HARRISBURG - Pennsylvania's deeply indebted capital city has qualified for a state program that tries to guide financially troubled municipalities back to health, state officials said Wednesday.
The program, known as Act 47, designates qualifying municipalities as "financially distressed," and gives them access to financial aid and guidance from a recovery-plan coordinator appointed by the state Department of Community and Economic Development.
Mayor Linda Thompson welcomed the step, although she has said it was an agonizing decision to seek state help earlier in the fall. In a statement Wednesday, she acknowledged that city leaders faced difficult choices if Harrisburg's problems are to be fixed.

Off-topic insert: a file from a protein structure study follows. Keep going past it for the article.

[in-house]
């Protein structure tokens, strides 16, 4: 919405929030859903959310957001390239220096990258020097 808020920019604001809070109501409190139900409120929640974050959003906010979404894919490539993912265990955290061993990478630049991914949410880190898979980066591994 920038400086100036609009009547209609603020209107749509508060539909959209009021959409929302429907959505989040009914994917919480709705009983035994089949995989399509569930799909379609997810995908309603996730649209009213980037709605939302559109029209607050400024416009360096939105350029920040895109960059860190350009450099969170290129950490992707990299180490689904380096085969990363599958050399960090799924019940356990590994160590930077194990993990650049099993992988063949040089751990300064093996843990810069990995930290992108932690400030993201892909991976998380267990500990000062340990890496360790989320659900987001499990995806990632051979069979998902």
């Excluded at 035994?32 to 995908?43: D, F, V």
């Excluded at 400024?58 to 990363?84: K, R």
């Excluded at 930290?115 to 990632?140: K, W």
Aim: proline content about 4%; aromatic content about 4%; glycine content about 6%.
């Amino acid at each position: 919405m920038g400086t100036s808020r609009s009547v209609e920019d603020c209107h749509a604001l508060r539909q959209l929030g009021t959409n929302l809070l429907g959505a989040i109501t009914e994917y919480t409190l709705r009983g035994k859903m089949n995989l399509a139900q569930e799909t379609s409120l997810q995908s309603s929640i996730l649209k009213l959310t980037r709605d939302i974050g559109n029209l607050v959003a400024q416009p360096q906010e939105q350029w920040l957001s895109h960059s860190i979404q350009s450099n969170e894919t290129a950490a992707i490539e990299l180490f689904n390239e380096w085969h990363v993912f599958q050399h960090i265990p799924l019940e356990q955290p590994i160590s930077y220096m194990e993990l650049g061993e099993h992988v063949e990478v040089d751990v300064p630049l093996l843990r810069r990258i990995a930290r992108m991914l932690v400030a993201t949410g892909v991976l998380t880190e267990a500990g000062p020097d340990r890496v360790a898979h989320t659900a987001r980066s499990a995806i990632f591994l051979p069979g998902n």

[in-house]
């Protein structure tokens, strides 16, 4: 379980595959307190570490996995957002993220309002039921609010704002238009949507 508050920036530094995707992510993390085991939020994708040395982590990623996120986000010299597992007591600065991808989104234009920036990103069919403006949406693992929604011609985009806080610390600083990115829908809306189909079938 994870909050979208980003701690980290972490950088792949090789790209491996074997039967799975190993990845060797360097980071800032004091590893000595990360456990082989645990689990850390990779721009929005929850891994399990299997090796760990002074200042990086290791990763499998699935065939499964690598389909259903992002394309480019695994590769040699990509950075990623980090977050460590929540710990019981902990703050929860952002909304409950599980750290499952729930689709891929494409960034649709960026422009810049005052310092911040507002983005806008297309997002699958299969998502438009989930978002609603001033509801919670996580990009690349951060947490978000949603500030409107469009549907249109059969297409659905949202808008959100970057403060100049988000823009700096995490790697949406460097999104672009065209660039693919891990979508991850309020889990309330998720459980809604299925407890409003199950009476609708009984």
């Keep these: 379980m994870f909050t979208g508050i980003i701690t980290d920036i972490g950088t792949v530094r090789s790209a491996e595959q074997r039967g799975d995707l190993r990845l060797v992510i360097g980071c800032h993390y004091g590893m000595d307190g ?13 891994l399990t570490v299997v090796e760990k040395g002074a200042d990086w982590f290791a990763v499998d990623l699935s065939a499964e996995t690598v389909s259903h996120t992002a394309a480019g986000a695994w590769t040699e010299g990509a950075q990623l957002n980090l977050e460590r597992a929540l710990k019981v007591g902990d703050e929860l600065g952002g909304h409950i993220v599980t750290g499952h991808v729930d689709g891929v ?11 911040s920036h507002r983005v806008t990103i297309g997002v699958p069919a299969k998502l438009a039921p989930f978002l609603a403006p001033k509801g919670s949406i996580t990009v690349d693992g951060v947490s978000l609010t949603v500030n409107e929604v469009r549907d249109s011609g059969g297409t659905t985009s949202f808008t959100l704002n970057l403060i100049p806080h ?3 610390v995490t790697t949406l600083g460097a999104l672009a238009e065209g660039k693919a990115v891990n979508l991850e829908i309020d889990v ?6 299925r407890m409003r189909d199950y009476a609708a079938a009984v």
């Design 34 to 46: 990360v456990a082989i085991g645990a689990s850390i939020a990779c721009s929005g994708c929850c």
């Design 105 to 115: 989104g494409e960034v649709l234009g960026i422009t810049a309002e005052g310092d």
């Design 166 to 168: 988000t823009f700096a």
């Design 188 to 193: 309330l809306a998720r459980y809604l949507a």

Some city officials have said Harrisburg might be best served by seeking federal bankruptcy protection to force concessions from lenders. Thompson opposes a bankruptcy filing, and City Council members have not taken a vote to approve such a step.
Without help, Harrisburg will be unable to meet the health, safety, and public-welfare needs of its residents, said Austin Burke, secretary of the Department of Community and Economic Development.
Burke cited Harrisburg's defaults on debt agreements; its junk-bond credit rating, which will hurt its ability to get loans; soaring cash-flow deficit; and potentially costly lawsuits.
While Harrisburg is struggling with a budget deficit, city leaders also are in a stalemate over how to repay more than $280 million in debt tied to the costly and problem-plagued renovation of the city's aging trash incinerator.